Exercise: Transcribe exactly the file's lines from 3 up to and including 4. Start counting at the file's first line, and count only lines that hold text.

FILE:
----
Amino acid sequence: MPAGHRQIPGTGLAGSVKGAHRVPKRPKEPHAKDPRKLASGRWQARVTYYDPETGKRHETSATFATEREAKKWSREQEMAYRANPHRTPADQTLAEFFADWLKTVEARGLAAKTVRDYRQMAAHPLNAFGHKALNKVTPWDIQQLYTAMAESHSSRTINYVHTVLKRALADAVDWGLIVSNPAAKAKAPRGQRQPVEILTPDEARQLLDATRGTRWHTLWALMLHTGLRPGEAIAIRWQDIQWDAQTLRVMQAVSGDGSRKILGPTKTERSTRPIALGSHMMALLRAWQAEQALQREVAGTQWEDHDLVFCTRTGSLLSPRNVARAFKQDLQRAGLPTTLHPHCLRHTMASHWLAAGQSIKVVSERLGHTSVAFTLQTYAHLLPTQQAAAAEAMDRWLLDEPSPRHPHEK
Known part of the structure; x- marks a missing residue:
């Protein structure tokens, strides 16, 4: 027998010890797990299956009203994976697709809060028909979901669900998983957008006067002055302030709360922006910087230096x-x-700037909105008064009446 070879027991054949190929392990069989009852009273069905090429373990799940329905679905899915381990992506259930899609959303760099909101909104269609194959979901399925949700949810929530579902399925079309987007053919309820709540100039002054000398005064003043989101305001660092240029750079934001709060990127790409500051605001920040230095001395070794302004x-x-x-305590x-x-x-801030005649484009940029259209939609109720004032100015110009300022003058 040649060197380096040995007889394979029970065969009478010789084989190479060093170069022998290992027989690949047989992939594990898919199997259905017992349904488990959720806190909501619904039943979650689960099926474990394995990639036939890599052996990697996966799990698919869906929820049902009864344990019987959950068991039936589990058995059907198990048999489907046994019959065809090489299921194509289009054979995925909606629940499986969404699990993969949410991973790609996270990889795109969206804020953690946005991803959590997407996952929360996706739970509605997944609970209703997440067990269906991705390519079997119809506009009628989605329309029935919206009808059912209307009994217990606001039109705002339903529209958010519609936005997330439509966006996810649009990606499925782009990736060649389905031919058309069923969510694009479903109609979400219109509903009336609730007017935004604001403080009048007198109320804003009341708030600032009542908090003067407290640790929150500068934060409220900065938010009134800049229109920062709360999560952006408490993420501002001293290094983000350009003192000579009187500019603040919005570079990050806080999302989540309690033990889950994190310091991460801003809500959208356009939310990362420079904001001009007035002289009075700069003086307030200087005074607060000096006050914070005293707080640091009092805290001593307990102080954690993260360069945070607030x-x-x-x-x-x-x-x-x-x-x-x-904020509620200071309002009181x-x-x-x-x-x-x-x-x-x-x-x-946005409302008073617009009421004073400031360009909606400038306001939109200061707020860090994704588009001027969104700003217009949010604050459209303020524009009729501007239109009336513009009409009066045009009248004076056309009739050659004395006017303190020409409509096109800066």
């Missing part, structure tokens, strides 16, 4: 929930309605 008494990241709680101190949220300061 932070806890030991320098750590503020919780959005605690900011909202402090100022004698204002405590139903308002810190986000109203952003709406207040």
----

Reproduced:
């Protein structure tokens, strides 16, 4: 027998010890797990299956009203994976697709809060028909979901669900998983957008006067002055302030709360922006910087230096x-x-700037909105008064009446 070879027991054949190929392990069989009852009273069905090429373990799940329905679905899915381990992506259930899609959303760099909101909104269609194959979901399925949700949810929530579902399925079309987007053919309820709540100039002054000398005064003043989101305001660092240029750079934001709060990127790409500051605001920040230095001395070794302004x-x-x-305590x-x-x-801030005649484009940029259209939609109720004032100015110009300022003058 040649060197380096040995007889394979029970065969009478010789084989190479060093170069022998290992027989690949047989992939594990898919199997259905017992349904488990959720806190909501619904039943979650689960099926474990394995990639036939890599052996990697996966799990698919869906929820049902009864344990019987959950068991039936589990058995059907198990048999489907046994019959065809090489299921194509289009054979995925909606629940499986969404699990993969949410991973790609996270990889795109969206804020953690946005991803959590997407996952929360996706739970509605997944609970209703997440067990269906991705390519079997119809506009009628989605329309029935919206009808059912209307009994217990606001039109705002339903529209958010519609936005997330439509966006996810649009990606499925782009990736060649389905031919058309069923969510694009479903109609979400219109509903009336609730007017935004604001403080009048007198109320804003009341708030600032009542908090003067407290640790929150500068934060409220900065938010009134800049229109920062709360999560952006408490993420501002001293290094983000350009003192000579009187500019603040919005570079990050806080999302989540309690033990889950994190310091991460801003809500959208356009939310990362420079904001001009007035002289009075700069003086307030200087005074607060000096006050914070005293707080640091009092805290001593307990102080954690993260360069945070607030x-x-x-x-x-x-x-x-x-x-x-x-904020509620200071309002009181x-x-x-x-x-x-x-x-x-x-x-x-946005409302008073617009009421004073400031360009909606400038306001939109200061707020860090994704588009001027969104700003217009949010604050459209303020524009009729501007239109009336513009009409009066045009009248004076056309009739050659004395006017303190020409409509096109800066």
């Missing part, structure tokens, strides 16, 4: 929930309605 008494990241709680101190949220300061 932070806890030991320098750590503020919780959005605690900011909202402090100022004698204002405590139903308002810190986000109203952003709406207040």